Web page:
No one would disagree that the Affordable Care Act, so commonly referred to as “Obamacare” garners more than its fair share of attention in all forms of media, TV, print and electronic. The key points frequently mentioned and feverishly debated center around healthcare availability and provider reimbursement.
Another passionate topic stemming from the ACA centers around how providers are being “encouraged” to use electronic health records (EHRs), electronic prescribing (eRX) and electronic claims submittals. Medicare offers incentives for the first two with the potential for reimbursement penalties if non-compliant. Some Medicare contractors will not even accept paper claim forms unless it requires an attachment or is an appeal. The use of these technologies hopes to increase patient care, provider efficiency and in the long run, reduce medical costs. All good things, we can agree.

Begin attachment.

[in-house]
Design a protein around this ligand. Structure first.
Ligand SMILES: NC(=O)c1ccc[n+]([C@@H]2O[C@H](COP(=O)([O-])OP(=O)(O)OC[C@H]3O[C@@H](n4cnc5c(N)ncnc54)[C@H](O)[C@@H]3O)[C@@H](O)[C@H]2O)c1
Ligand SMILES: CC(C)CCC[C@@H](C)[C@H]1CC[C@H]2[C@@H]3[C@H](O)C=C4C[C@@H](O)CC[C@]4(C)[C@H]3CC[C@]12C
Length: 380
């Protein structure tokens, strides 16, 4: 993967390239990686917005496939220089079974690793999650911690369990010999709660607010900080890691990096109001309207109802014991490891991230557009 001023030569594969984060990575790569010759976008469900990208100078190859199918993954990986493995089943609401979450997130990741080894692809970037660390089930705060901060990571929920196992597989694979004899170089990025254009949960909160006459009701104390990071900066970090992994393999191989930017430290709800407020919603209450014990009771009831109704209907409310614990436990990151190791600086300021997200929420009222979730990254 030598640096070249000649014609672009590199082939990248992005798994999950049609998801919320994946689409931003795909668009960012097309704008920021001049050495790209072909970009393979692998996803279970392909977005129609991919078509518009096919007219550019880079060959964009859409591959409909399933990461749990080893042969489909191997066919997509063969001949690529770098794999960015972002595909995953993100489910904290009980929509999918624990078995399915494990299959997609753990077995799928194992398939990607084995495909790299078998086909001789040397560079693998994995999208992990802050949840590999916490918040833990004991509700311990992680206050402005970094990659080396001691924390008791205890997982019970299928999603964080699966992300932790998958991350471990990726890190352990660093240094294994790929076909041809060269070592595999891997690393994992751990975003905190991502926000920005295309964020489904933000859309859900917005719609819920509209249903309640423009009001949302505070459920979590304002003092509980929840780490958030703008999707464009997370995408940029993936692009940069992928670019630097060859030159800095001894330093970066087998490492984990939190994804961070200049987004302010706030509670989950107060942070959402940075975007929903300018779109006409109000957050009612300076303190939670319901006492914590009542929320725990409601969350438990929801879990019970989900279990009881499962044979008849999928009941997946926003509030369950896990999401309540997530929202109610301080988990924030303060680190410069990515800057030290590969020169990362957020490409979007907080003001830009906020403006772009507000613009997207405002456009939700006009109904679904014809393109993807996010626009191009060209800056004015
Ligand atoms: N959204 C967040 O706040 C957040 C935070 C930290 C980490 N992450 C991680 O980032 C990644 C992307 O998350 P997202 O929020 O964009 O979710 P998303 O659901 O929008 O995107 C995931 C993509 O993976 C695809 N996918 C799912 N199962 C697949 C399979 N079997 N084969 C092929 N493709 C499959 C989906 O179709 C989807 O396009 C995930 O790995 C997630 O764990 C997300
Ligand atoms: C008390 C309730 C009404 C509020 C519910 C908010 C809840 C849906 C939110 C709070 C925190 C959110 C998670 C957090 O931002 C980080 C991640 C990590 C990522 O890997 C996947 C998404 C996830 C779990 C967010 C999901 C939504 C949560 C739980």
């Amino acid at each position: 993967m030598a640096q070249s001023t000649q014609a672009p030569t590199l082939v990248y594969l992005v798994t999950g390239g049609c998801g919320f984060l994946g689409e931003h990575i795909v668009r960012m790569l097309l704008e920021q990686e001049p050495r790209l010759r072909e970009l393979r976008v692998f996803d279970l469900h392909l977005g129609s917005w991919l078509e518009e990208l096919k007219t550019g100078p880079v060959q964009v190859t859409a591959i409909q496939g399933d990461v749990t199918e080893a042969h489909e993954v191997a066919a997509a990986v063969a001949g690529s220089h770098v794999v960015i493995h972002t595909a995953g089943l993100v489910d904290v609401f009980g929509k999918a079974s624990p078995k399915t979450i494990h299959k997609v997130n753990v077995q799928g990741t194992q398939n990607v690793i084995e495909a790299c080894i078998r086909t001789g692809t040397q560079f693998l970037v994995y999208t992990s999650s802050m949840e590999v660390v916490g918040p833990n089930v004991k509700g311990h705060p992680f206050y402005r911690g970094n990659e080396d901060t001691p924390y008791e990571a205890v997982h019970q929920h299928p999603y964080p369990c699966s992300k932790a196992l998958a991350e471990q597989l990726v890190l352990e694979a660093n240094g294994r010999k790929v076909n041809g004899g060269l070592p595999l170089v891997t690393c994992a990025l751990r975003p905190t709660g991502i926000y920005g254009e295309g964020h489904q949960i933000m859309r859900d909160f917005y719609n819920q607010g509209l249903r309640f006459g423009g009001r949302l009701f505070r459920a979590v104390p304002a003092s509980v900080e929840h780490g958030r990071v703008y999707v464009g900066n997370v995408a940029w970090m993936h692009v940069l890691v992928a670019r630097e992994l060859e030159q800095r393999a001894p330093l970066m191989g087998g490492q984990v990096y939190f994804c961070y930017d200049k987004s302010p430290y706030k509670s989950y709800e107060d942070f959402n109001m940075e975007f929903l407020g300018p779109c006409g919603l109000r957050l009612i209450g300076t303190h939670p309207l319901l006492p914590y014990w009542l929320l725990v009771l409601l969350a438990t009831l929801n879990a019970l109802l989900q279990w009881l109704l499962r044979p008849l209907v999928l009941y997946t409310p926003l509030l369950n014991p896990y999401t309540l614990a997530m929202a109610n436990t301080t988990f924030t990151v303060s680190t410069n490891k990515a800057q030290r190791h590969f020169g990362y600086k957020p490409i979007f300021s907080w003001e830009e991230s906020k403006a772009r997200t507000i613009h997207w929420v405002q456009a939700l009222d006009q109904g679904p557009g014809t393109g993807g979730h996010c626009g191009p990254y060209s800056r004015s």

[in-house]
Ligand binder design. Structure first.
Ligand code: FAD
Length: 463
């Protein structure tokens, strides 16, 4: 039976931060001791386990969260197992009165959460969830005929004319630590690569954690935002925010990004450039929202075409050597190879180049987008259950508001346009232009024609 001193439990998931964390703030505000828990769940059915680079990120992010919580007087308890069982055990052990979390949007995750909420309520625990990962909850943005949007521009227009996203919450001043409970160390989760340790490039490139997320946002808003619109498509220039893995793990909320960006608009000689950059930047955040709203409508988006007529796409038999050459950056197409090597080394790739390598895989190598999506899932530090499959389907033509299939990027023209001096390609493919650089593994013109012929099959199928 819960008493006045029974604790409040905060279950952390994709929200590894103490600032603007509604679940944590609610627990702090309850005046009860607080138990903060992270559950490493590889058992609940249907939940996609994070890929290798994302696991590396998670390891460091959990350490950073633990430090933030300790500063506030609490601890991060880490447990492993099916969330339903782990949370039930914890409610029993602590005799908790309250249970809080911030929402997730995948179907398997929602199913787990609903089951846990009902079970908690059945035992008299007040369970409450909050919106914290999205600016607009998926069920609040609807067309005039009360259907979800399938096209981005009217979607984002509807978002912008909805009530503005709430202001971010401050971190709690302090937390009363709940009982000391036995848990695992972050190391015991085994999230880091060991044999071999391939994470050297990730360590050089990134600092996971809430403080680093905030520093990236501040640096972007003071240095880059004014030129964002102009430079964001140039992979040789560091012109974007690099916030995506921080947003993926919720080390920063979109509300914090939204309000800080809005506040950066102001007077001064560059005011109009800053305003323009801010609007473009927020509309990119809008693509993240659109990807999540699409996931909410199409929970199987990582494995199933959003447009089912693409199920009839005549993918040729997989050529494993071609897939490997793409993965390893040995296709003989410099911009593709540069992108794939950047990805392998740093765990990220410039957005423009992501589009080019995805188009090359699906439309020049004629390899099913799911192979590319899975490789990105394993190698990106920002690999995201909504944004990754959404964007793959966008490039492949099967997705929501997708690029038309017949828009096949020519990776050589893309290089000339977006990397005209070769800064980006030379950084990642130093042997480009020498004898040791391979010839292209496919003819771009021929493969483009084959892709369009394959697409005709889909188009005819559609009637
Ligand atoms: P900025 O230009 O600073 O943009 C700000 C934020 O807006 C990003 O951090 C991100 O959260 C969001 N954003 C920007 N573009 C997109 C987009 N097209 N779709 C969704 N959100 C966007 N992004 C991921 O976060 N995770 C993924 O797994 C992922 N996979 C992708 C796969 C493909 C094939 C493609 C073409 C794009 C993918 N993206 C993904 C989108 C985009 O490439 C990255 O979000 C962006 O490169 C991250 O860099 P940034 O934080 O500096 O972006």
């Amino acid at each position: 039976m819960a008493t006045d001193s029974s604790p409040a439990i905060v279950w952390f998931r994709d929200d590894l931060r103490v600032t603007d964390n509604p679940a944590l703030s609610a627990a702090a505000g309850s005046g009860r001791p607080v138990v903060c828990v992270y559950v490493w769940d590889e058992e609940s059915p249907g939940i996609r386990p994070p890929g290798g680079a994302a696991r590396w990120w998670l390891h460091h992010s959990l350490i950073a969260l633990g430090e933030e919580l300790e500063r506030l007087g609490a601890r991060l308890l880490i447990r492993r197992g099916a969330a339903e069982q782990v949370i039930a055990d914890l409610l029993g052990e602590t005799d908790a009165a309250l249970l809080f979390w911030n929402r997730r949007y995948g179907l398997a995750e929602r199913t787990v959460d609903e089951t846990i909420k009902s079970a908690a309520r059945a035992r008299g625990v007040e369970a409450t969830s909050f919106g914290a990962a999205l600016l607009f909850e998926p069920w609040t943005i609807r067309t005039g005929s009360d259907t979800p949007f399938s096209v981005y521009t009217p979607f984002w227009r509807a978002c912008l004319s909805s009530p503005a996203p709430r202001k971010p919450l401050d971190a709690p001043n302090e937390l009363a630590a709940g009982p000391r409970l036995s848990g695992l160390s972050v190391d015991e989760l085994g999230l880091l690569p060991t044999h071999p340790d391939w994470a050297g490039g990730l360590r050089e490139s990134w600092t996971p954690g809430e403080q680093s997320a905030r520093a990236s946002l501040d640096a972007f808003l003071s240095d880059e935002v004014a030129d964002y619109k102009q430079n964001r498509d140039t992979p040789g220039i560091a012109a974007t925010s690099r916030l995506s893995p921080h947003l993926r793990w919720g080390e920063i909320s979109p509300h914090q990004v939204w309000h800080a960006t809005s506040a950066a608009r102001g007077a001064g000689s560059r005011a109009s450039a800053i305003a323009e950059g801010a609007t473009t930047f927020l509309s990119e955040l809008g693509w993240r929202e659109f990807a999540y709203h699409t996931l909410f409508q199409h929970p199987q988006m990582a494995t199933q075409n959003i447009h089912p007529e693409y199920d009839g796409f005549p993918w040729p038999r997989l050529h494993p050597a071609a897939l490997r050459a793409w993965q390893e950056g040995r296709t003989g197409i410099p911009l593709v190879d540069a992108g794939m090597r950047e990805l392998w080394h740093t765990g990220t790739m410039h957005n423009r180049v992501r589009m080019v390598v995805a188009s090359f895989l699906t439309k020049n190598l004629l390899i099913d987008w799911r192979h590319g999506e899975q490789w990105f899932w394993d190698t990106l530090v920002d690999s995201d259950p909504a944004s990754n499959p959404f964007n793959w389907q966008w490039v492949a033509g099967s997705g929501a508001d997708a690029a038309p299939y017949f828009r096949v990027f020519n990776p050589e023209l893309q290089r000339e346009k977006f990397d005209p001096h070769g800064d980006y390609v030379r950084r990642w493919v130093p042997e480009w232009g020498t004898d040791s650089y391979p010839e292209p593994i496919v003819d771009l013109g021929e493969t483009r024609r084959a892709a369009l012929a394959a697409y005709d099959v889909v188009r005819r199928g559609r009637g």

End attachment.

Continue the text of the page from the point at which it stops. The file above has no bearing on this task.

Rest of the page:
So when I stumbled upon a recent article highlighting one very small portion of this program, EFT/ERA mandates for payers, I was pleased. Now the insurance companies must join in the effort to assist providers to reduce costs and increase efficiency.
This mandate, with a deadline of January 1, 2014, requires payers to be compliant in offering electronic claims reimbursement this includes the adoption of electronic funds transfer (EFT) and electronic remittance advice (ERA) operating rules and technical standards.
For anyone not immersed in the field of medical billing, I am sure it would come as a big surprise the amount of “paperwork” still involved in filing claims and receiving reimbursements. Amazingly, in this high tech world with almost “space age” type gadgets, it is estimated that only 46% of healthcare remittances (EOBs) are available electronically. In addition, most of the population utilizes some form of electronic bill pay or funds transfer, but only about 10% of insurer payments are sent via EFT.